Airlink received a $25,000 donation from Amazon to help bring relief to communities impacted by disasters and humanitarian crises. As part of its mission to mobilize the aviation community in times of disaster, Airlink partners with Non-Governmental Organizations (NGOs) and airlines to move relief workers and emergency supplies into devastated communities. The organization is currently responding to multiple crises, including Tropical Storm Imelda in the United States and Hurricane Dorian in the Bahamas, and supporting a clean water and disease prevention mission in Colombia.
“Airlink responds to ongoing humanitarian crises and multiple rapid-onset disasters, often occurring within weeks of each other,” said Steve Smith, President and CEO of Airlink. “Because of the generosity of Amazon, we will be able to provide transportation solutions to our partners resulting in people across the globe receiving life-saving and life-improving assistance.”
Through Airlink, more than 100 aid organizations are able to quickly and efficiently provide food, access to clean water, shelter, medical aid, training and other assistance to some of the world’s most vulnerable beneficiaries.
“With a deep understanding of the importance of logistics and the role it plays in providing a swift and effective response to communities recovering from disasters, Amazon is pleased to support Airlink’s relief efforts,” said Bettina Stix, Senior Manager, Disaster Relief at Amazon. “We hope our support will allow Airlink to assist humanitarian partners in overcoming transportation and logistics challenges and bring help to impacted communities as quickly as possible.”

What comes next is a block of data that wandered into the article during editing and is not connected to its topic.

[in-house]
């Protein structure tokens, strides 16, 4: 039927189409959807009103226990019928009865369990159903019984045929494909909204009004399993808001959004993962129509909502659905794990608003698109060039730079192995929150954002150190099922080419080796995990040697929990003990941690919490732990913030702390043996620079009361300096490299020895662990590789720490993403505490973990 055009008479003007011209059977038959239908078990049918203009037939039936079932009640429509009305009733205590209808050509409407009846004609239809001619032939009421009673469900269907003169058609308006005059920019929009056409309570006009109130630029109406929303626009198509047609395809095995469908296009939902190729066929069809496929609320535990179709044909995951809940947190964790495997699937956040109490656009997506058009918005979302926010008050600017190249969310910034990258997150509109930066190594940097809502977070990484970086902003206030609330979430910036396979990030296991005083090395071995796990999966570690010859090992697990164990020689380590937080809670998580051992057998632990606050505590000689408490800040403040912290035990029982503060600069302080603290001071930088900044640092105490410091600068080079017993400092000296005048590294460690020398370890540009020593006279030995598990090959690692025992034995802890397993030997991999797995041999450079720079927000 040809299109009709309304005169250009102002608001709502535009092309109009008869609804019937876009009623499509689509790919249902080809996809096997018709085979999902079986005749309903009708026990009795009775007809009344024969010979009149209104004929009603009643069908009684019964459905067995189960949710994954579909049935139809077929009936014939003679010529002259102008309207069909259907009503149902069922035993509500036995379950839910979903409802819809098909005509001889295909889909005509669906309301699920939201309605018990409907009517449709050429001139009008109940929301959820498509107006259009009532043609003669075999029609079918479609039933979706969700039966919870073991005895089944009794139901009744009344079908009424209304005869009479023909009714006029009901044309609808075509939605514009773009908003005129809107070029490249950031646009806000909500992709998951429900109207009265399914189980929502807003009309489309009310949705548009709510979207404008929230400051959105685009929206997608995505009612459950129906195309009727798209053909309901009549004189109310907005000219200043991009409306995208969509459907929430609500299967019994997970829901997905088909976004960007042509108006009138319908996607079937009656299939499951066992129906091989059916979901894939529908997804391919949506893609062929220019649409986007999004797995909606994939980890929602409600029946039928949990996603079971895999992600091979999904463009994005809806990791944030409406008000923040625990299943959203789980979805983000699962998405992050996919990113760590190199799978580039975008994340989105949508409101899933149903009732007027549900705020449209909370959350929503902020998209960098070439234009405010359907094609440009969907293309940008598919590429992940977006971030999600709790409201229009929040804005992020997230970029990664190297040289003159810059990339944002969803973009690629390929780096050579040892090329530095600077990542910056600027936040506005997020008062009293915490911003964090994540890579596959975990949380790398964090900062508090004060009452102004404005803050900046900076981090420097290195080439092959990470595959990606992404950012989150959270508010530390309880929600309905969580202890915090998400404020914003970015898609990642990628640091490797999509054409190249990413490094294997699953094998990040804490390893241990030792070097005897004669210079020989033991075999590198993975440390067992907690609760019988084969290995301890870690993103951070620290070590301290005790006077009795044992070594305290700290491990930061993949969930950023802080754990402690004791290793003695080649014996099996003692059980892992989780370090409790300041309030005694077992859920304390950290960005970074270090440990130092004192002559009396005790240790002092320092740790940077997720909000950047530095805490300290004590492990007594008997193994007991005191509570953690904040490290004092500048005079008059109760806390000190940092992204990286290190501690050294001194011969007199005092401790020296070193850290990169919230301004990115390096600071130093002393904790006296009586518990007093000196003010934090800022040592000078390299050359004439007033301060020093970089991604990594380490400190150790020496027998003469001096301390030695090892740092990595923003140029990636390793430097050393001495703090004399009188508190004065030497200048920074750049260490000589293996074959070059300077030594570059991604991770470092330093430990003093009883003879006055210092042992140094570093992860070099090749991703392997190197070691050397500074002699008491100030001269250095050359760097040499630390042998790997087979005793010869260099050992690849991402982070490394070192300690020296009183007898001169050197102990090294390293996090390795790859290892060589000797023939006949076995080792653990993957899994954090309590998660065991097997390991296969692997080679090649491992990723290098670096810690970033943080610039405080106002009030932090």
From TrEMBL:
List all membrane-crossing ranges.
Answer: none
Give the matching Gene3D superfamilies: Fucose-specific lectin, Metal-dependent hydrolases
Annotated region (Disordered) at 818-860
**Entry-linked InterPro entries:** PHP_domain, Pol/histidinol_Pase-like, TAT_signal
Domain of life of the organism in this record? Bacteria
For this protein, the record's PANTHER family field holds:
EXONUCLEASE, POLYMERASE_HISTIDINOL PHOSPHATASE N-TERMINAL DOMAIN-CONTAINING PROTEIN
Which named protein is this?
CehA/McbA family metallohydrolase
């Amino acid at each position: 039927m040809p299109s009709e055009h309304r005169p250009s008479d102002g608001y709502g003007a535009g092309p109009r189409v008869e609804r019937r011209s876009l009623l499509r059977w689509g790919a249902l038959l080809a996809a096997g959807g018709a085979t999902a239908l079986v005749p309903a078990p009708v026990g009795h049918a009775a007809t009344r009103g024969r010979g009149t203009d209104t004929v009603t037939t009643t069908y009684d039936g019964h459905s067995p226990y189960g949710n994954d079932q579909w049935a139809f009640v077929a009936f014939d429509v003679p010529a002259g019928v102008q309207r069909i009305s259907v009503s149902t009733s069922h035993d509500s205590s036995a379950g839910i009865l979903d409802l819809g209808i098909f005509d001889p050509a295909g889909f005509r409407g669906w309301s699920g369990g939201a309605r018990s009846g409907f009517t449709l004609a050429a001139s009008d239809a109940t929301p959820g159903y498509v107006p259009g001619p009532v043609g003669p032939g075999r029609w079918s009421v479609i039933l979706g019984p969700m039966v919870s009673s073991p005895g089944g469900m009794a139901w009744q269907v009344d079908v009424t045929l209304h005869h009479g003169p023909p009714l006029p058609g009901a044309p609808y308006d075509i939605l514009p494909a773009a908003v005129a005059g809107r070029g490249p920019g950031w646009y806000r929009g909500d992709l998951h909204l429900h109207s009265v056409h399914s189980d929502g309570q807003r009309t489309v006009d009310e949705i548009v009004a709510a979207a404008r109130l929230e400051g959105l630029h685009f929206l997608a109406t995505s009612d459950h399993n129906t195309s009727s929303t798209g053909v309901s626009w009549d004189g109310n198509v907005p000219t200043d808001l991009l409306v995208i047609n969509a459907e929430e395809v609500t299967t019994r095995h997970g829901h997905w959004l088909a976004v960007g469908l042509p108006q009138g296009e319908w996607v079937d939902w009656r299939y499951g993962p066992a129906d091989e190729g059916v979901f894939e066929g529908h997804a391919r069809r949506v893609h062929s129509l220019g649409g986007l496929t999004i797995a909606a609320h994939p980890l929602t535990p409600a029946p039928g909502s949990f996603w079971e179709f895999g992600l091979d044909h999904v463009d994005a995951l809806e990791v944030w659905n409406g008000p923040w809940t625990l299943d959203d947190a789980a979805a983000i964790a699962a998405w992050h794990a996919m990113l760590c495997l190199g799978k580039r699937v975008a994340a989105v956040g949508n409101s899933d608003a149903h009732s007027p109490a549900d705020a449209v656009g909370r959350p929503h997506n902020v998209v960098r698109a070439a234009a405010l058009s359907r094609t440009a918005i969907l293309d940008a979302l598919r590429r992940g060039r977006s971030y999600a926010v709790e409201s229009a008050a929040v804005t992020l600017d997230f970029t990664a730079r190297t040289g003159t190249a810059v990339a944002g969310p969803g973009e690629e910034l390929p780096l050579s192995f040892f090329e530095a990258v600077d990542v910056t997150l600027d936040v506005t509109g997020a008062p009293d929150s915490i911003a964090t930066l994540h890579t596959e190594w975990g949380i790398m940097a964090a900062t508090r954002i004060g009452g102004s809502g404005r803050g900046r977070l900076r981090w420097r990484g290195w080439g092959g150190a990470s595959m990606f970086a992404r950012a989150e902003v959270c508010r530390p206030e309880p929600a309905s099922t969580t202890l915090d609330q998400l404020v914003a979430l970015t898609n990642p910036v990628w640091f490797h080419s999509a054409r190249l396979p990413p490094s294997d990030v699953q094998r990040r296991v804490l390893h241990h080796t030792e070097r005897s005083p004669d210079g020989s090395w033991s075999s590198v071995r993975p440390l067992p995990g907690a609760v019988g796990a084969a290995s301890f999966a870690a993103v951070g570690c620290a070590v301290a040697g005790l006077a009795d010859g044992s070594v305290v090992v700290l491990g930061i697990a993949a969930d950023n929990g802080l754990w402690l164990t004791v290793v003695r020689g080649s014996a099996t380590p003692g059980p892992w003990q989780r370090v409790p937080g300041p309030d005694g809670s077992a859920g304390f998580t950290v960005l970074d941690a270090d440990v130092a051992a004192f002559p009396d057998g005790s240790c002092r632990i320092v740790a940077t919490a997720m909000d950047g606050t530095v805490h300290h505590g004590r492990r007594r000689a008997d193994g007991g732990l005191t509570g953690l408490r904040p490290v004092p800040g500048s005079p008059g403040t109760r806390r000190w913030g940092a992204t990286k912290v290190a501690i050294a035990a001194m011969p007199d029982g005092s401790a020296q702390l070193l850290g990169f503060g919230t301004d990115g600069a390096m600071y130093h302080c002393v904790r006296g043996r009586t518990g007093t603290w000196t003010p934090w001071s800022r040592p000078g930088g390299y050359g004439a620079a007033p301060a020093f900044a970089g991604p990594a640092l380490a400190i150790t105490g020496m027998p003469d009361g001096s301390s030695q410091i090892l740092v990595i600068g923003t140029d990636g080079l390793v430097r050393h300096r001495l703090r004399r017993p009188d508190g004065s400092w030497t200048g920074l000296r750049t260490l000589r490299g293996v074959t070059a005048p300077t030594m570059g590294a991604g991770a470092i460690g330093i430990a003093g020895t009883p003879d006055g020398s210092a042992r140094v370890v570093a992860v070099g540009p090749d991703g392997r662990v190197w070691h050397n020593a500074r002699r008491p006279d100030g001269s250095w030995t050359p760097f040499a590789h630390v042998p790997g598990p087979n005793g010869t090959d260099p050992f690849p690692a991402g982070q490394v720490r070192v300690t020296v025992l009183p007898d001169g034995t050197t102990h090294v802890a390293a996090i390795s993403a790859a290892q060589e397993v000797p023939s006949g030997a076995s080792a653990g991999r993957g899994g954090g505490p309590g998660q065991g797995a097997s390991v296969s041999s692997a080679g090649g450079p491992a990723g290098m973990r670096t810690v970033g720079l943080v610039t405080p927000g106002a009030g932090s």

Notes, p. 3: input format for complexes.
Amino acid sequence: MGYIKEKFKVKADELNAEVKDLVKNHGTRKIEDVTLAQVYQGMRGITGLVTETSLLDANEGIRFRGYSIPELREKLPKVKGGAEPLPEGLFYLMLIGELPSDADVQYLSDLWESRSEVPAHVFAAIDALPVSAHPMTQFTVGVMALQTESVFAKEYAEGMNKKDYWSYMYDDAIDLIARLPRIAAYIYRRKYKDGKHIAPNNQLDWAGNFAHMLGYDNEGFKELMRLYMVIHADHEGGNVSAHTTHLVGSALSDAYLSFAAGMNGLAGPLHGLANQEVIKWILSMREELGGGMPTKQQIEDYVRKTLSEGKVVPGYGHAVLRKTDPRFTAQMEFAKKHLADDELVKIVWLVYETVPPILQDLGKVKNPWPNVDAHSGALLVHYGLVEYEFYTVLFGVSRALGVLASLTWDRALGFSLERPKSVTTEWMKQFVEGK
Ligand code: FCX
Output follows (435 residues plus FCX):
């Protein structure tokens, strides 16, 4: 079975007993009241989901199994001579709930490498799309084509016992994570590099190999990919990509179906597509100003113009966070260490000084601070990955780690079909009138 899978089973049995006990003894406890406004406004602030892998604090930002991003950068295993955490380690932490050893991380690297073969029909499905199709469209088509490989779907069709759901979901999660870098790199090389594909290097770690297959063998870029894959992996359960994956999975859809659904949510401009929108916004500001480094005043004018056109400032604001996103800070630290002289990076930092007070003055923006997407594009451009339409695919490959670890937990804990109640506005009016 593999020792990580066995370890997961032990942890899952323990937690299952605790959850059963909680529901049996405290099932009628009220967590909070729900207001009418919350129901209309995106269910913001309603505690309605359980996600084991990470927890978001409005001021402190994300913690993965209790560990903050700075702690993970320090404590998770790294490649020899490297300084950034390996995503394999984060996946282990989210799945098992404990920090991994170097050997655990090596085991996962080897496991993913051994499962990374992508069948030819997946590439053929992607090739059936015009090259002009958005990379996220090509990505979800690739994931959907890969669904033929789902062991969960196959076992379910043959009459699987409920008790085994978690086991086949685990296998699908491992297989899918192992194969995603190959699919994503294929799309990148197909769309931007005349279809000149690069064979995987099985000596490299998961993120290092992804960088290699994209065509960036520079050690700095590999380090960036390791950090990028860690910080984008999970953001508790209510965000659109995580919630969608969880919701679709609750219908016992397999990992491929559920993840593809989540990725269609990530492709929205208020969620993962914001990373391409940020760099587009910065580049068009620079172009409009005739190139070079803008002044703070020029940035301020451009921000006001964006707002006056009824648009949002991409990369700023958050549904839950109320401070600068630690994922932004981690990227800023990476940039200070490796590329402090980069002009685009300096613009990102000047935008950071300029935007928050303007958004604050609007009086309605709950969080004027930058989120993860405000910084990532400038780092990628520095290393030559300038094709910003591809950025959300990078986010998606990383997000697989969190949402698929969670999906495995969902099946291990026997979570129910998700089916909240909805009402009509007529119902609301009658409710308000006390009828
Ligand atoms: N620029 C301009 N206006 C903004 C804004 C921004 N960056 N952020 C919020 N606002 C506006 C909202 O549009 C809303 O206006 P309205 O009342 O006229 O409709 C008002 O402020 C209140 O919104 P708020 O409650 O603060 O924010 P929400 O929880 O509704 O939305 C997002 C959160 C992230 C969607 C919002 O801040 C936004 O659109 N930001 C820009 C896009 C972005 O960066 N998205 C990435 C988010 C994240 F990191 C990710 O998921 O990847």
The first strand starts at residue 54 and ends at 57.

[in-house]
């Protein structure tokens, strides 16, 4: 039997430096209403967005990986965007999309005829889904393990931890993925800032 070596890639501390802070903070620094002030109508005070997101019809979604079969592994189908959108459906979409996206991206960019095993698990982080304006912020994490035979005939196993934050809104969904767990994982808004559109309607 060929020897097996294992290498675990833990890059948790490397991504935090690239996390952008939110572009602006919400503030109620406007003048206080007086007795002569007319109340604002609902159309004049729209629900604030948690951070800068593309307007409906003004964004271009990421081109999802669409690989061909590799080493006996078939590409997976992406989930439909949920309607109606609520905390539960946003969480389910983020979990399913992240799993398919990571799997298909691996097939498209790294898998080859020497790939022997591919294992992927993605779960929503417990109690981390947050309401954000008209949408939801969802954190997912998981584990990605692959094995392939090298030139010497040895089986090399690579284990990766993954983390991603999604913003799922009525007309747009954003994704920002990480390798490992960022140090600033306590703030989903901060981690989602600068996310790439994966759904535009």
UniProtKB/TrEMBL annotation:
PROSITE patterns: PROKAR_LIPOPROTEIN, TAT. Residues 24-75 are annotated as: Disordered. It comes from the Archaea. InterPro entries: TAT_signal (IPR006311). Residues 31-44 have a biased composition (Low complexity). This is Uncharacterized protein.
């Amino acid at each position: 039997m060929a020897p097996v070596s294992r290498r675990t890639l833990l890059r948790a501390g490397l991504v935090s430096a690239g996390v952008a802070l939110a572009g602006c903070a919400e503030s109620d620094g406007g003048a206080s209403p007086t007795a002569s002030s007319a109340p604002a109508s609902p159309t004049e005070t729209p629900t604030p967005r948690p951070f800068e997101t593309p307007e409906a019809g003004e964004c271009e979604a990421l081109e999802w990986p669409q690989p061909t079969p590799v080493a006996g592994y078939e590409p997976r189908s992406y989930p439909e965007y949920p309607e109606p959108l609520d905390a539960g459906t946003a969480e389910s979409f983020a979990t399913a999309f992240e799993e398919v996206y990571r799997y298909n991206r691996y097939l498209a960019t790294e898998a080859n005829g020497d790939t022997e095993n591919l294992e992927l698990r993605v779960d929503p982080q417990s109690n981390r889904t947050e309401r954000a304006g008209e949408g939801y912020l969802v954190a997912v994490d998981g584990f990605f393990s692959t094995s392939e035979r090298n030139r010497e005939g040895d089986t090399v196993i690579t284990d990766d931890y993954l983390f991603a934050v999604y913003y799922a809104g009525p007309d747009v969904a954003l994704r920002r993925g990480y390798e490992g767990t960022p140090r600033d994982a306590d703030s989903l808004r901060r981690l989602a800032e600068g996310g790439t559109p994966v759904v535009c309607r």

Through its Disaster Relief by Amazon team, Amazon has supported 11 natural disasters in 2019 so far. Amazon and its customers donated cash and more than 400,000 relief items, worth more than a total of $1 million, to provide relief support in the U.S. and the Bahamas for those affected by Hurricane Dorian. Since 2017, Amazon, its employees and customers donated an equivalent of more than $16 million in product and cash for 29 disasters around the world.